Montgomery County is going ahead with construction of the controversial Laytonsille landfill, while people living near the future dump press their campaign to move it elsewhere.
A dozen community leaders from the Laytonsville area met this week at the corner of Rte. 108 and Riggs Road, where bulldozers were grading about 100 acres of the former Oaks II farm, and vowed to continue their fight to force the county to obey the county charter.
Voters in 1978 approved a charter amendment prohibiting the county from spending money to operate a landfill on land zoned for residential use.
County Executive Charles W. Gilchrist's lawsuit seeking a declaratory ruling that the amendment is invalid was dismissed on procedural grounds two weeks ago by Judge Joseph Mathias of the Circuit Court.
The judge said the court could not rule in the case because the litigants were not parties to the controversy and the voters who approved the amendment were not represented in the suit. County officials have appealed that decision.
The county currently is dumping its 1,300 tons of domestic garbage a day at the Gude-Southlawn Sanitation Landfill in Rockville. But that dump has reached the point where, as one county official put it, "tin cans are literally rolling off the heap."
The Maryland state Department of Health ordered the county to close Gude by the summer of 1981 and open a new landfill. The county screened all 500 square miles of Montgomery, started in early 1977, looked at 271 potential sites, narrowed them down to 24, and finally chose Laytonsville.
Even with construction already beginning, Laytonsville will not be ready for operation before 1982, and the county has received an emergency extension to use Gude until that time.
The Gude-Southlawn site has been used since 1964. The Laytonsville dump would be a smaller short-term landfill that will reach its capacity in several years if it is used for all the county's solid waste.
Montgomery hopes to open an alternative disposal site by 1985 or 1986, according to Andrea Eaton of the county department of environmental construction. One plan being studied is a solid waste recovery plant that would burn garbage and produce steam or electricity. The other possibility is a bale-fill in a quarry in Travilah, where refuse would be compacted into large bales.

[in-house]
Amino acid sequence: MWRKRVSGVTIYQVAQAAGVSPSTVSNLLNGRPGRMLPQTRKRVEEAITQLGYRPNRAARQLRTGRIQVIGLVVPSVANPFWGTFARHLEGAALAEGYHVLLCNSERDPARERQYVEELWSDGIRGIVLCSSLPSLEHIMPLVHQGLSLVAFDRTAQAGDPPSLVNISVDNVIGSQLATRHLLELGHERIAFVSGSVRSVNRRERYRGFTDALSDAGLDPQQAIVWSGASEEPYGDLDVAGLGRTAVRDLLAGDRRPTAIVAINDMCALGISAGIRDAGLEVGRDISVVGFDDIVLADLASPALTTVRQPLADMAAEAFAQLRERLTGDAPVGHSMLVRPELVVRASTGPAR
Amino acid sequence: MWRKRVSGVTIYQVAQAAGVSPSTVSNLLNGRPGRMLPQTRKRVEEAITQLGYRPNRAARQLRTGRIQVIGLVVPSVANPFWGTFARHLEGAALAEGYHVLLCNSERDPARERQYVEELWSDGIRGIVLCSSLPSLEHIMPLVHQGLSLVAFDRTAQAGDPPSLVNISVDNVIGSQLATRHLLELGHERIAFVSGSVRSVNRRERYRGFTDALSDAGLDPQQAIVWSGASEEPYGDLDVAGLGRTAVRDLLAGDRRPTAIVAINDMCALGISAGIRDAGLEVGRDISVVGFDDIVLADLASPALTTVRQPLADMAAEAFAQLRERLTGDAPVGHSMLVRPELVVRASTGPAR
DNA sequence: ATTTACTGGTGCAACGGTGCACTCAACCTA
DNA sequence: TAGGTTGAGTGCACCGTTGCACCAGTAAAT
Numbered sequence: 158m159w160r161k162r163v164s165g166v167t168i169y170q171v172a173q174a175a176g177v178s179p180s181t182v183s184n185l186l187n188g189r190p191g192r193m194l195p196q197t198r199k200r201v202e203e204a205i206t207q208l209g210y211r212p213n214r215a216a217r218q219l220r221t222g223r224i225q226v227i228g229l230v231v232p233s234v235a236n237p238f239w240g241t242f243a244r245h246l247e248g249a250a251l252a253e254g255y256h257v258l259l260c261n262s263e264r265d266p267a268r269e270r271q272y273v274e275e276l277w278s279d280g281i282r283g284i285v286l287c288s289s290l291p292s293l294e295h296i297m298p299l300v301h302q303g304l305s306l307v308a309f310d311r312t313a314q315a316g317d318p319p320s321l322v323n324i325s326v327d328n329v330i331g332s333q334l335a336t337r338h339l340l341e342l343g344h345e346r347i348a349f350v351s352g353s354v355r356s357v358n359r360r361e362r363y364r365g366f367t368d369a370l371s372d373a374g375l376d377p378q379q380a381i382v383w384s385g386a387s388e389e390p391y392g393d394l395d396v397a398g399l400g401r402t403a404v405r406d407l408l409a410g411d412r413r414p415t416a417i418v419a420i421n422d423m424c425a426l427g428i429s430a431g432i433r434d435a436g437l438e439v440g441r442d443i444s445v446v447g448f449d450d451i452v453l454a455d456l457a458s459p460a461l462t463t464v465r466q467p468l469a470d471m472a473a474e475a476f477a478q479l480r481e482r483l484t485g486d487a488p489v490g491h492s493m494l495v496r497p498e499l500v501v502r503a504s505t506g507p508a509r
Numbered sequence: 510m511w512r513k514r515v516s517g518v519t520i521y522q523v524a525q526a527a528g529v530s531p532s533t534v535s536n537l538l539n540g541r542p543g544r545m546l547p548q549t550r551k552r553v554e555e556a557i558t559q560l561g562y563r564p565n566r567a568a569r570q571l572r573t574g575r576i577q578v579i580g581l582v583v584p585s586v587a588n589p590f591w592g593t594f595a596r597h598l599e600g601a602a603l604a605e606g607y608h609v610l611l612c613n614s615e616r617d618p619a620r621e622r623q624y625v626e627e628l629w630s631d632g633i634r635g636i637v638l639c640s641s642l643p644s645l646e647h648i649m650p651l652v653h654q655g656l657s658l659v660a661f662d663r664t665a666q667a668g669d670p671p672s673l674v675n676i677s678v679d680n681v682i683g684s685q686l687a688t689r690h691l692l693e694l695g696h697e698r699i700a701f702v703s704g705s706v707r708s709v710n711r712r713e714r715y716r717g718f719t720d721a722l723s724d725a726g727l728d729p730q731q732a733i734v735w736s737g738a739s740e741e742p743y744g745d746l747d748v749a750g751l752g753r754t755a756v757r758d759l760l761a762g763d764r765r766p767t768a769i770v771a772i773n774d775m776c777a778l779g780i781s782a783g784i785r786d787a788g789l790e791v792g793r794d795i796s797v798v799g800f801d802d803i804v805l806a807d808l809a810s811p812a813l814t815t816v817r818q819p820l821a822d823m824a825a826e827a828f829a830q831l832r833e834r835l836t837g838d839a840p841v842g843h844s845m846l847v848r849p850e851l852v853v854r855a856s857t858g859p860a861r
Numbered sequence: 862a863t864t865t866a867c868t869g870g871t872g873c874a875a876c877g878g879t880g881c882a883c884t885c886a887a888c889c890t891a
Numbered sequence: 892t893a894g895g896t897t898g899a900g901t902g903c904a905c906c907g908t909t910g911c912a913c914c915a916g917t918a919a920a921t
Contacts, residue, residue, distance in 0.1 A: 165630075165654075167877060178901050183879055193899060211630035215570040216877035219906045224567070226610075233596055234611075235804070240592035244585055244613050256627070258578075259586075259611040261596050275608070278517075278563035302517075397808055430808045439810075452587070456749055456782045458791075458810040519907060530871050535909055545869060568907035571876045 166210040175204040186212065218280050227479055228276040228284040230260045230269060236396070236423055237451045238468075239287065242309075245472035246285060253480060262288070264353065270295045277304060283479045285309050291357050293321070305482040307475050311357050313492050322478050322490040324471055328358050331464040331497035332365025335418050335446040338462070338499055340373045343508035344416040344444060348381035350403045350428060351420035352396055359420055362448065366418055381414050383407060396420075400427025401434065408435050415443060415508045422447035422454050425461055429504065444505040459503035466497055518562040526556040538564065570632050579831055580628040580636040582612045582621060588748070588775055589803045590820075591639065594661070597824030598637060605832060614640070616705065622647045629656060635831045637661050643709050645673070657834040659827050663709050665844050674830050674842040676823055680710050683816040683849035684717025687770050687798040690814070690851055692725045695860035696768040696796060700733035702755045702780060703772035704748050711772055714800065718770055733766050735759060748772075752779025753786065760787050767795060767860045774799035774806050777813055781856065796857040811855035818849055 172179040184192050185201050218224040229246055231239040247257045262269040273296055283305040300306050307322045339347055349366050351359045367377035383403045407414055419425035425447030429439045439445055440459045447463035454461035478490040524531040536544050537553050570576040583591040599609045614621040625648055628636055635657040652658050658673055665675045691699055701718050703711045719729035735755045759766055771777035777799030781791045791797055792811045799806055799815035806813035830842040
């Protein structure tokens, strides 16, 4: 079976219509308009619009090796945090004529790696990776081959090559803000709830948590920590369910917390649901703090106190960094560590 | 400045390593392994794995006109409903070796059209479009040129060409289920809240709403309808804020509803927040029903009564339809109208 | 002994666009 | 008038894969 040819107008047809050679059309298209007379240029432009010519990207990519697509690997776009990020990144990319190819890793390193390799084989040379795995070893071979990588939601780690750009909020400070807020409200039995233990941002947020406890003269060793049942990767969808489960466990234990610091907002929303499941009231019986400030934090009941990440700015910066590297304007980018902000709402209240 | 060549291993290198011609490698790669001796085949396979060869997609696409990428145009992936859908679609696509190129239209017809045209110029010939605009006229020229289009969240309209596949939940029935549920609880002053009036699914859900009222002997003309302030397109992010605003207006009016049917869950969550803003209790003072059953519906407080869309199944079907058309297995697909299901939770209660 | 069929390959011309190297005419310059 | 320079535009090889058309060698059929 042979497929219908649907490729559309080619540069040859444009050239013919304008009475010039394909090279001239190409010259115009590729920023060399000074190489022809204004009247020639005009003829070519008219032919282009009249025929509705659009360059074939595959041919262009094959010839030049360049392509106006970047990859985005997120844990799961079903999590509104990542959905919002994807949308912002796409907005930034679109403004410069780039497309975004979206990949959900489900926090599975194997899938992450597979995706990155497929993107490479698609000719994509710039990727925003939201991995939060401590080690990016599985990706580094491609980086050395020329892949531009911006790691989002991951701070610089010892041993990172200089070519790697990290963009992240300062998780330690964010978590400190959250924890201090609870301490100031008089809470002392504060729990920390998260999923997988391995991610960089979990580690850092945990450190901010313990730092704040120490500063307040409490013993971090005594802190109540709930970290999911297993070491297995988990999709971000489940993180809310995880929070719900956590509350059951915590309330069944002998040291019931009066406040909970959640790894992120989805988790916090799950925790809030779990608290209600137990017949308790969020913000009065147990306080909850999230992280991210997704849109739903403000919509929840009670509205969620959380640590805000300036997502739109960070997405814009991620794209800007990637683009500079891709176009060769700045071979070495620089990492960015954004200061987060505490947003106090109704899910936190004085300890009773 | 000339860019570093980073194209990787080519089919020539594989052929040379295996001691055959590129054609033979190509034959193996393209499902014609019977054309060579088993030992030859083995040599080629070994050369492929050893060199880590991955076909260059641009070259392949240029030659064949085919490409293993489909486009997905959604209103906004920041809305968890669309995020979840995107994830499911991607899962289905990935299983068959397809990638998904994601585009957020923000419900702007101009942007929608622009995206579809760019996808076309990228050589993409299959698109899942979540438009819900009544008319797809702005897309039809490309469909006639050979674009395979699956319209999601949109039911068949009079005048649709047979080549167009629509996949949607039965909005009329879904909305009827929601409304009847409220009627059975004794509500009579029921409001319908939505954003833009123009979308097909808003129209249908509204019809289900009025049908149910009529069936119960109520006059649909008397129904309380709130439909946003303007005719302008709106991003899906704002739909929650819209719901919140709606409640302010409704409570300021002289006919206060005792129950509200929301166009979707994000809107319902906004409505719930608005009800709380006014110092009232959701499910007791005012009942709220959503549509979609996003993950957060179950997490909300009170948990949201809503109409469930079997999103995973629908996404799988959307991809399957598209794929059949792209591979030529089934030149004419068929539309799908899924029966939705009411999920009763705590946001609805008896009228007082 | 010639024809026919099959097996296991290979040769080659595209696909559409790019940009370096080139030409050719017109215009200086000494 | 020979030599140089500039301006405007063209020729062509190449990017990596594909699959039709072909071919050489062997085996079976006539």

If one of the two alternatives is used in conjunction with the Laytonsville landfill, Laytonsville could be used for 15 years instead of seven, Eaton said.
Meanwhile, the litigation over Laytonsville continues. Sherrod East, 69, whose house will be 20 feet from the edge of the excavation, said he is among about four taxpayers who plan to file suit against the County Council for violating the charter amendment.
Another suit brought by Laystonsville civic groups contests the state health permit issued to the county for the site. It contends the county has suppressed reports indicating the dump would endanger the community's drinking water, and that citizens did not have full access to that information when the state held hearings on the site two years ago. The case is pending in the Baltimore City Circuit Court.
Opponents of the landfill say the ground water level is to high to assure the protection of their wells.They say that in some places, there is only one foot of ground cover above water level, and that a landfill study found that a minimum of 8 feet of soil is required between the landfill and the water level.
The county Council has scheduled a public forum for Nov. 20 at 8 p.m. in the council hearing room, at the request of civic groups who say they have additional data they want to present.